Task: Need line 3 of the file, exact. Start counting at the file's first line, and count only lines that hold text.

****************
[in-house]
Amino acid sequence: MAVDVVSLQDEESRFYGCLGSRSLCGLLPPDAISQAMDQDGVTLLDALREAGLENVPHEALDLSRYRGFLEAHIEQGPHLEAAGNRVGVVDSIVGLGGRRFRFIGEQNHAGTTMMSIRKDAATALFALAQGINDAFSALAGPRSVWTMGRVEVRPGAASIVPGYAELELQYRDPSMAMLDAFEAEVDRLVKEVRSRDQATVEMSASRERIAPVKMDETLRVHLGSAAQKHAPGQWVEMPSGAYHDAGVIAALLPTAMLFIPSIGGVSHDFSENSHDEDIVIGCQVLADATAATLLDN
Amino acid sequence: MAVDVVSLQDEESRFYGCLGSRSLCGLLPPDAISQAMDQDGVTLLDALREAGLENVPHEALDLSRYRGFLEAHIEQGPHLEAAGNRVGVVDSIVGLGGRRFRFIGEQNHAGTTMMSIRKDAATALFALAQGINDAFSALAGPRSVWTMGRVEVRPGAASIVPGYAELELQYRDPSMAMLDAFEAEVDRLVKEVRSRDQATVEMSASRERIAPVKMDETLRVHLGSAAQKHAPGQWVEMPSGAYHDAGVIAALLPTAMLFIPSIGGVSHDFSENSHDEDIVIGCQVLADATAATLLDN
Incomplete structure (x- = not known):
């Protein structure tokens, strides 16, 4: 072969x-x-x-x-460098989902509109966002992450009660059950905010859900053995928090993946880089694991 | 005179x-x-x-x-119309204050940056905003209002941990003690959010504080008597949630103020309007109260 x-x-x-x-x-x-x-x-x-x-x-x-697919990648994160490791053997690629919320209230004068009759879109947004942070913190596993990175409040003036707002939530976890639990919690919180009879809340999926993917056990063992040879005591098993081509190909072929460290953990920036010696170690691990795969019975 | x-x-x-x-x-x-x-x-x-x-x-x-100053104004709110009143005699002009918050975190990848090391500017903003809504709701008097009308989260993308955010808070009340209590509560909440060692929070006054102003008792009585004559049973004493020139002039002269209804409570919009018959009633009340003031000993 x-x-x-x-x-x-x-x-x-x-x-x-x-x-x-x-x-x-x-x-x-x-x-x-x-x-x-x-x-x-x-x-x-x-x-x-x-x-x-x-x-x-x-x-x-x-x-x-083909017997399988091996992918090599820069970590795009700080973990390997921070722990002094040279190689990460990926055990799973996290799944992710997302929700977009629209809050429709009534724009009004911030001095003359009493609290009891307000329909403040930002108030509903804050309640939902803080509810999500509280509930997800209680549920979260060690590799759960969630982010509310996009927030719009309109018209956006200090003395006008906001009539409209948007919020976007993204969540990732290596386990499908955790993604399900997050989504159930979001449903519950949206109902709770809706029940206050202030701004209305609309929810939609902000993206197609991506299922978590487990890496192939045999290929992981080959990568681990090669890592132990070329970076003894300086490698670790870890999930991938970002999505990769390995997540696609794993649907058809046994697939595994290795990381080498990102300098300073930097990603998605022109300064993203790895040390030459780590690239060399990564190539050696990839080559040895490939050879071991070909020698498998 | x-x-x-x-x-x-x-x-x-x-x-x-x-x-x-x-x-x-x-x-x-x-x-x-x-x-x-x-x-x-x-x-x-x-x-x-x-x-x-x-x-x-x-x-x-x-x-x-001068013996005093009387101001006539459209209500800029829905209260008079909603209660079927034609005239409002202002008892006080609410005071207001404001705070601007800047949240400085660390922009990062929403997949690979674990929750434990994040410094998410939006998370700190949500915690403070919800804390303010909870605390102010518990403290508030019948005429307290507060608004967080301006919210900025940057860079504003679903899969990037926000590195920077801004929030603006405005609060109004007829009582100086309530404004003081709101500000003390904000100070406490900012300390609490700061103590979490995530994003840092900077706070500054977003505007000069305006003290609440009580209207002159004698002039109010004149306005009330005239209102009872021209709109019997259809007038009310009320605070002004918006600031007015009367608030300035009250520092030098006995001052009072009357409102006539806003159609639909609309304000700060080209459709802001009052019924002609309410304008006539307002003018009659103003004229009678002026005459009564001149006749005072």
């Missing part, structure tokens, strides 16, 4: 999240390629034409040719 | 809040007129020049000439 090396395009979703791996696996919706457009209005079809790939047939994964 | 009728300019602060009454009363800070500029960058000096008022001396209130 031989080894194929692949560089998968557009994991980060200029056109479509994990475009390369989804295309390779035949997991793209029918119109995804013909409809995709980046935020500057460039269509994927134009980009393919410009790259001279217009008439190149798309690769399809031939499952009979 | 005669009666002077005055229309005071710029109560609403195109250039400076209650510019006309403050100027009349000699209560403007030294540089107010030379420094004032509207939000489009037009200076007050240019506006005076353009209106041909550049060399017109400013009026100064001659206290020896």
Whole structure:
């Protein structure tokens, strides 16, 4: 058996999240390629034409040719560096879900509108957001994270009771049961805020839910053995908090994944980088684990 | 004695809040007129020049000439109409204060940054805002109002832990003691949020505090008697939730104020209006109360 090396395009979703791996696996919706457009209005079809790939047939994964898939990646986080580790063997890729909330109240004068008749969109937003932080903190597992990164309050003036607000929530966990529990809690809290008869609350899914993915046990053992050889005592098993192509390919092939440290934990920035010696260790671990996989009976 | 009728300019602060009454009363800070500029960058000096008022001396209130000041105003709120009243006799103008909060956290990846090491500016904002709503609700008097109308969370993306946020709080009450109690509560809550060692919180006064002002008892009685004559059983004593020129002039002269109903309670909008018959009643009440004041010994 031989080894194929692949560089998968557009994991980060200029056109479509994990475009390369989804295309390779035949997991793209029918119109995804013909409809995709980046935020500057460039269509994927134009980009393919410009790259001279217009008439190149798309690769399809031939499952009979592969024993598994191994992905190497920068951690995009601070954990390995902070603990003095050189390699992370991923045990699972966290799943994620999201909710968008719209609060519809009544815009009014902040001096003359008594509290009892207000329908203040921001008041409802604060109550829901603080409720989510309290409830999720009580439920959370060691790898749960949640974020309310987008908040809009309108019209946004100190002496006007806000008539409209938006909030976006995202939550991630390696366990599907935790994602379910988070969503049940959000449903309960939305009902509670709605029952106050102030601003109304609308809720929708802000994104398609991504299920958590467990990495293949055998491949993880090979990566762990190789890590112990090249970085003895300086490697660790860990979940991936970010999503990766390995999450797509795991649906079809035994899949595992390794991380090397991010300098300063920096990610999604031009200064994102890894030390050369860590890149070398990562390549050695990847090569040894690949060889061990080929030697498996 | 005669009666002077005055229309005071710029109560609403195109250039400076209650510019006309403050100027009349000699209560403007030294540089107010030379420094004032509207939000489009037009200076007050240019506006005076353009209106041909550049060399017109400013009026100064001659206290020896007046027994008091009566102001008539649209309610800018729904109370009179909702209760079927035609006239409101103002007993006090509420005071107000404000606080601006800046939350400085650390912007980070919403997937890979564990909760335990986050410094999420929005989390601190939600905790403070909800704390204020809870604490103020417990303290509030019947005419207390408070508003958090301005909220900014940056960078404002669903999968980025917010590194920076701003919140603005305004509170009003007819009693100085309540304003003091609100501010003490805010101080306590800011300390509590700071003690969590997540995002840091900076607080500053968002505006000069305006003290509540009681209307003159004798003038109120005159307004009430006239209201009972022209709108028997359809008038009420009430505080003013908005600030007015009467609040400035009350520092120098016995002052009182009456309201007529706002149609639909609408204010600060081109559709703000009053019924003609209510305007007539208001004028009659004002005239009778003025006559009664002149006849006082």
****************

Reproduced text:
Amino acid sequence: MAVDVVSLQDEESRFYGCLGSRSLCGLLPPDAISQAMDQDGVTLLDALREAGLENVPHEALDLSRYRGFLEAHIEQGPHLEAAGNRVGVVDSIVGLGGRRFRFIGEQNHAGTTMMSIRKDAATALFALAQGINDAFSALAGPRSVWTMGRVEVRPGAASIVPGYAELELQYRDPSMAMLDAFEAEVDRLVKEVRSRDQATVEMSASRERIAPVKMDETLRVHLGSAAQKHAPGQWVEMPSGAYHDAGVIAALLPTAMLFIPSIGGVSHDFSENSHDEDIVIGCQVLADATAATLLDN